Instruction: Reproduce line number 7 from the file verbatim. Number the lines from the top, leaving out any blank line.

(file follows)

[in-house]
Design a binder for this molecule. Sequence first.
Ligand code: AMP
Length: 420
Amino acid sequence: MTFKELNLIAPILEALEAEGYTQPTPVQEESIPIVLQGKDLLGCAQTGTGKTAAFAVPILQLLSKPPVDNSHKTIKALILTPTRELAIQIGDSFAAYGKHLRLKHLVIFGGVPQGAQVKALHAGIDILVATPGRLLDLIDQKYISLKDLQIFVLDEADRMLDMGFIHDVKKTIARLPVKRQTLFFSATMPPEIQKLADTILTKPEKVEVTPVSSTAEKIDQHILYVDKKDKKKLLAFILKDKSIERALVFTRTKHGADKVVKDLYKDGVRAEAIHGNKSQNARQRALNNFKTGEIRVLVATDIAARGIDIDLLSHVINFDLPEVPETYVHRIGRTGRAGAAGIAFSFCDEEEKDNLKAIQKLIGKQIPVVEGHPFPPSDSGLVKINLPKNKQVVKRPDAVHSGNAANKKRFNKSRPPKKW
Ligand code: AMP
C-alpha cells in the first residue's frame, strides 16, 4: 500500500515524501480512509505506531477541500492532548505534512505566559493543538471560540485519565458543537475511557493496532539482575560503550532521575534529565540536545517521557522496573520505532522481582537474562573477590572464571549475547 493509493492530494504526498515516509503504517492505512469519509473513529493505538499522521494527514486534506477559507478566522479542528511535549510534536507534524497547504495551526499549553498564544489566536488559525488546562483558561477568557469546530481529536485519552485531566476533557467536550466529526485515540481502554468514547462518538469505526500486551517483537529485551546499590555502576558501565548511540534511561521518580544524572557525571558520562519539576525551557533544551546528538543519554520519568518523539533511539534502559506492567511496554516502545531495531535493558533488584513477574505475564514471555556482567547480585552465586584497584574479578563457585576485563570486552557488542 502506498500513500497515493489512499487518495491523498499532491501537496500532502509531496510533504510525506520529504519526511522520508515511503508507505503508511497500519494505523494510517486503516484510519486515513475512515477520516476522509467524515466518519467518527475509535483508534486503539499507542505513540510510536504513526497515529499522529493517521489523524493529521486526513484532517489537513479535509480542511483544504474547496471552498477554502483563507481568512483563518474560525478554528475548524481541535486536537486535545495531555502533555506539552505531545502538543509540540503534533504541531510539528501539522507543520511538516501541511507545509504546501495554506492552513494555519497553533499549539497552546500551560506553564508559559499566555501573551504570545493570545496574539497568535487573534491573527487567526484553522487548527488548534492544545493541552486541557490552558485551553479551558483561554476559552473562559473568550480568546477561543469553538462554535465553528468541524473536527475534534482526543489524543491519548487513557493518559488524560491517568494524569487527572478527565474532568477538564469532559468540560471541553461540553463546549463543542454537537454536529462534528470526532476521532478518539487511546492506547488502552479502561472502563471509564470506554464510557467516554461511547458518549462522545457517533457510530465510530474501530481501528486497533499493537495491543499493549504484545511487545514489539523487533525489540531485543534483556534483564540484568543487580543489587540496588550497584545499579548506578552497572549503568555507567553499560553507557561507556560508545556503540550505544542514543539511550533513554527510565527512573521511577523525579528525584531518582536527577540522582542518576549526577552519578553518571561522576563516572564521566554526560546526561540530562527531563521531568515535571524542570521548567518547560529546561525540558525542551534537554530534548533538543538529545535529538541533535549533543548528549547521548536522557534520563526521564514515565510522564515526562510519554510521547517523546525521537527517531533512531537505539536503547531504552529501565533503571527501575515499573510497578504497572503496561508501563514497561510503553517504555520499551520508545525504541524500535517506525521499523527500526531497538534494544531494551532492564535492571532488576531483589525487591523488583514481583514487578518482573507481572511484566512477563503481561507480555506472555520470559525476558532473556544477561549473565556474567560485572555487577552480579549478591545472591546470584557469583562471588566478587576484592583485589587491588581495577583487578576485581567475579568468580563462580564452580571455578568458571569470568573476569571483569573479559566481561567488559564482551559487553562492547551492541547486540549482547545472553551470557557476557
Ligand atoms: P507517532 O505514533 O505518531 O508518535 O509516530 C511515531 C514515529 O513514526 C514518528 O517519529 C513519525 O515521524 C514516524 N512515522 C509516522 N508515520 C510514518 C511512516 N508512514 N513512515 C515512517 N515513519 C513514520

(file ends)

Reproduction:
C-alpha cells in the first residue's frame, strides 16, 4: 500500500515524501480512509505506531477541500492532548505534512505566559493543538471560540485519565458543537475511557493496532539482575560503550532521575534529565540536545517521557522496573520505532522481582537474562573477590572464571549475547 493509493492530494504526498515516509503504517492505512469519509473513529493505538499522521494527514486534506477559507478566522479542528511535549510534536507534524497547504495551526499549553498564544489566536488559525488546562483558561477568557469546530481529536485519552485531566476533557467536550466529526485515540481502554468514547462518538469505526500486551517483537529485551546499590555502576558501565548511540534511561521518580544524572557525571558520562519539576525551557533544551546528538543519554520519568518523539533511539534502559506492567511496554516502545531495531535493558533488584513477574505475564514471555556482567547480585552465586584497584574479578563457585576485563570486552557488542 502506498500513500497515493489512499487518495491523498499532491501537496500532502509531496510533504510525506520529504519526511522520508515511503508507505503508511497500519494505523494510517486503516484510519486515513475512515477520516476522509467524515466518519467518527475509535483508534486503539499507542505513540510510536504513526497515529499522529493517521489523524493529521486526513484532517489537513479535509480542511483544504474547496471552498477554502483563507481568512483563518474560525478554528475548524481541535486536537486535545495531555502533555506539552505531545502538543509540540503534533504541531510539528501539522507543520511538516501541511507545509504546501495554506492552513494555519497553533499549539497552546500551560506553564508559559499566555501573551504570545493570545496574539497568535487573534491573527487567526484553522487548527488548534492544545493541552486541557490552558485551553479551558483561554476559552473562559473568550480568546477561543469553538462554535465553528468541524473536527475534534482526543489524543491519548487513557493518559488524560491517568494524569487527572478527565474532568477538564469532559468540560471541553461540553463546549463543542454537537454536529462534528470526532476521532478518539487511546492506547488502552479502561472502563471509564470506554464510557467516554461511547458518549462522545457517533457510530465510530474501530481501528486497533499493537495491543499493549504484545511487545514489539523487533525489540531485543534483556534483564540484568543487580543489587540496588550497584545499579548506578552497572549503568555507567553499560553507557561507556560508545556503540550505544542514543539511550533513554527510565527512573521511577523525579528525584531518582536527577540522582542518576549526577552519578553518571561522576563516572564521566554526560546526561540530562527531563521531568515535571524542570521548567518547560529546561525540558525542551534537554530534548533538543538529545535529538541533535549533543548528549547521548536522557534520563526521564514515565510522564515526562510519554510521547517523546525521537527517531533512531537505539536503547531504552529501565533503571527501575515499573510497578504497572503496561508501563514497561510503553517504555520499551520508545525504541524500535517506525521499523527500526531497538534494544531494551532492564535492571532488576531483589525487591523488583514481583514487578518482573507481572511484566512477563503481561507480555506472555520470559525476558532473556544477561549473565556474567560485572555487577552480579549478591545472591546470584557469583562471588566478587576484592583485589587491588581495577583487578576485581567475579568468580563462580564452580571455578568458571569470568573476569571483569573479559566481561567488559564482551559487553562492547551492541547486540549482547545472553551470557557476557